Almost everyone has a family member who died in a 20th Century war, most of us unfortunately have several whether we know their names or not. I know of several, mostly from WW1. During a trip to my parents house last week we unearthed an old newspaper report of a relation who was killed in action having been shot down by the Red Baron.
Air warfare was in it’s infancy in WW1 with planes at first often seen as an expensive folly and not as reliable as air-ships and in WW1 some English cities were bombed by both planes and airships although nothing like in the scale of WW2.
Initially planes were used for reconnaissance until someone had the bright idea of starting to drop heavy steel darts and shrapnel on ground troops and to fire at passing enemy pilots with hand pistols. Obviously things developed quickly and soon the tactics of air combat were developed and hot-shot pilots known as Aces acquired fame on both sides.
The most famous of these and most successful was Manfred Albrecht Freiherr von Richthofen aka The Red Baron. Credited with 80 air-victories and leader of the ‘Flying Circus’, a group of elite German Aces perhaps the aerial equivalent of the SAS of Delta Force, he was a hero of the Imperial German Army Air Service (Luftstreitkräfte) before being shot down in disputed cirumstances just after 11:00 am on 21 April 1918 over the Somme. Whether he was shot down from the air, from the ground or was suffering from combat fatigue may never be known but for several years he was the most feared man in the skies, so much so that one British office on hearing of his demise opined that hoped the Red Baron burnt all the way to the ground.
Despite this statement, the baron was buried with full military honours and this reflects the spirit of the intrepid WW1 pilots. Due to the haphazard nature of the flying machines and possibly the fact that many people in the air-forces were from a higher social standing than the average soldier, the air-war was fought with high levels of honour and courtesy. It would have been dishonourable to shoot at planes when they were limping home injured for example.
It was in this environment that ,my Grandfathers cousin, Serjeant Reuel Dunn fought and died. A shipbuilder by trade he somehow ended up being a gunner in the Royal Flying Corps, the precursor to the RAF and he fought in a Sopworth Strutter like the photo below.
The Red Baron and his officers were continually striving to improve their planes and gain an advantage over the Royal Flying Corps and her allies and there were periods of heavy casualties on both sides when new tactics, new planes and experienced pilots vs novices made all the difference. This culminated in what is known as “Bloody April” when the German airforce inflicted particularly heavy casualties on the Allies.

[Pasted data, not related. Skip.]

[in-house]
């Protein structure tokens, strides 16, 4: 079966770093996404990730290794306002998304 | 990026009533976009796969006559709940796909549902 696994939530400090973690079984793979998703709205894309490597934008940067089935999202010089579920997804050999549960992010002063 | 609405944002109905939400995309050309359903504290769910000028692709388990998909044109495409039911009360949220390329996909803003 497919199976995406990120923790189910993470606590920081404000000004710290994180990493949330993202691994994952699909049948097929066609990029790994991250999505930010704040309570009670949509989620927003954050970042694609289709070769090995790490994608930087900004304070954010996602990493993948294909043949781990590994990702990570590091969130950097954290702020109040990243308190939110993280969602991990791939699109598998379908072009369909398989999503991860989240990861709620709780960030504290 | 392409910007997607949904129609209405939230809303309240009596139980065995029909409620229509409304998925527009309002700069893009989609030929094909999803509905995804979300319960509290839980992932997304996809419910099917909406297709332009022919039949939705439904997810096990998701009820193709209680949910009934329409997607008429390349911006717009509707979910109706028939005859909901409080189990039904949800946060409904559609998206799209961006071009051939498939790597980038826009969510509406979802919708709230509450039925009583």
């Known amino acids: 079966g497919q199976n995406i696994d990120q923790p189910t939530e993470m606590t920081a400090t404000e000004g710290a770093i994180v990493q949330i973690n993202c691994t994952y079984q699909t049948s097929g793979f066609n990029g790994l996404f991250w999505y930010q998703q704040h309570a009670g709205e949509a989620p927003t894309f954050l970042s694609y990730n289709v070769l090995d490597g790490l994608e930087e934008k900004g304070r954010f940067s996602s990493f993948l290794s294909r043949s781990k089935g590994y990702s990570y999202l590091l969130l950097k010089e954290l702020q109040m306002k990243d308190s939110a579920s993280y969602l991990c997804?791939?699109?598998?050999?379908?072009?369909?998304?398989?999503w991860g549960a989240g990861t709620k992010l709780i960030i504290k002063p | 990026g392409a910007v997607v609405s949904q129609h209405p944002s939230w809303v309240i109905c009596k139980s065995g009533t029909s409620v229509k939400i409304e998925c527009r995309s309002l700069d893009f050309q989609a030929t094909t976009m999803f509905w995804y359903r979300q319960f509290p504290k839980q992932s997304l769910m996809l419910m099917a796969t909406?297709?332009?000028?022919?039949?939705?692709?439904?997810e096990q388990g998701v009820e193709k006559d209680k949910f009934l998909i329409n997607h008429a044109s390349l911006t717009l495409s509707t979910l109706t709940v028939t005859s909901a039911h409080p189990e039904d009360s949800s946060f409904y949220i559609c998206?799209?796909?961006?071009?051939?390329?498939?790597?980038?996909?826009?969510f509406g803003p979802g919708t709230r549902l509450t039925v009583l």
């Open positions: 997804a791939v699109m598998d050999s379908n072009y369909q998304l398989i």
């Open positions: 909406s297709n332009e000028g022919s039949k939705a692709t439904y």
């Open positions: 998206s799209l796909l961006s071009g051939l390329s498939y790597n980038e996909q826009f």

Serjeant Reuel Dunn was himself a successful gunner having previously trained in the territorial army and before his death had recently recorded 3 confirmed kills. On April 2nd 1917 he took to the skies with his pilot 2nd Lt. Algernon Peter Warren. According to reports his plane was singled out by the Red Baron and his squadron when returning to base in Bloody April in a group of 8 planes. Having had it’s fuel tank hit the pilot tried to evade the Red Baron by flying into low cloud but coming under attack again the plan was forced to ditch in a field 300 yards east of the French town of Givenchy. As the Red Baron himself testified, against all the odds and expectations, Serjeant Reuel Dunn continued to fight, turning his machine gun into the sky and inflicting major damage on the Red Baron’s plane forcing him to once more attack the downed plane.
Whilst the pilot 2nd Lt. Algernon Peter Warren was unhurt and taken to a prisoner camp, Serjeant Dunn was mortally wounded with bullet wounds in his stomach. The Serjeant was taken to a German field hospital where that evening the Red Baron was gracious enough to come and visit the man who had continued to fight until the bitter end, a fitting tribute to both men.
Serjeant Dunn is buried Cabaret-Rouge British Cemetery, Souchez
Although there is a photo of him, I don’t have access to it so the nearest to it is his gravestone below.
It is terribly sad that he died aged just 24 years old like millions of others but nearly a century he is still remembered and I take pride in his spirit and bravery to fight when it would have been more than acceptable to surrender. He most of known that if he carried on fighting then he would be killed but he still did his duty for his country and family even if we all grew up not knowing anything much about him at all.
I was surprised to learn he is buried just a few miles from the large Canadian war memorial ad Vimy Ridge a place I have visited several times so I hope one day visit his grave for myself.
Incidentally when I found the newspaper reports below I also found a small clipping about my Grandfather, Harold Heard who was Reuel Dunns cousin. He played in Baghdad Cathedral on Christmas Day in WW2. While he was in Iraq he had the chance to visit the grave of his own father and my Great Grandfather who died in WW1 from dysentery during the famous and ill-thought out Mesopotamia campaign having drunk some filthy water. It was said that due to the increased mechanisations of modern warfare and the elderly Generals being stuck in a previous era resulted in terrible incompetence or at least inhumanity to the normal soldiers and the phrase of the day was that the soldiers were the Lions led by Donkeys. I hope to visit my Great Grandfather too and Baghdad Cathedral one day too and tell them both I miss them and I love them and I’ll always be proud and grateful to them and remember them always.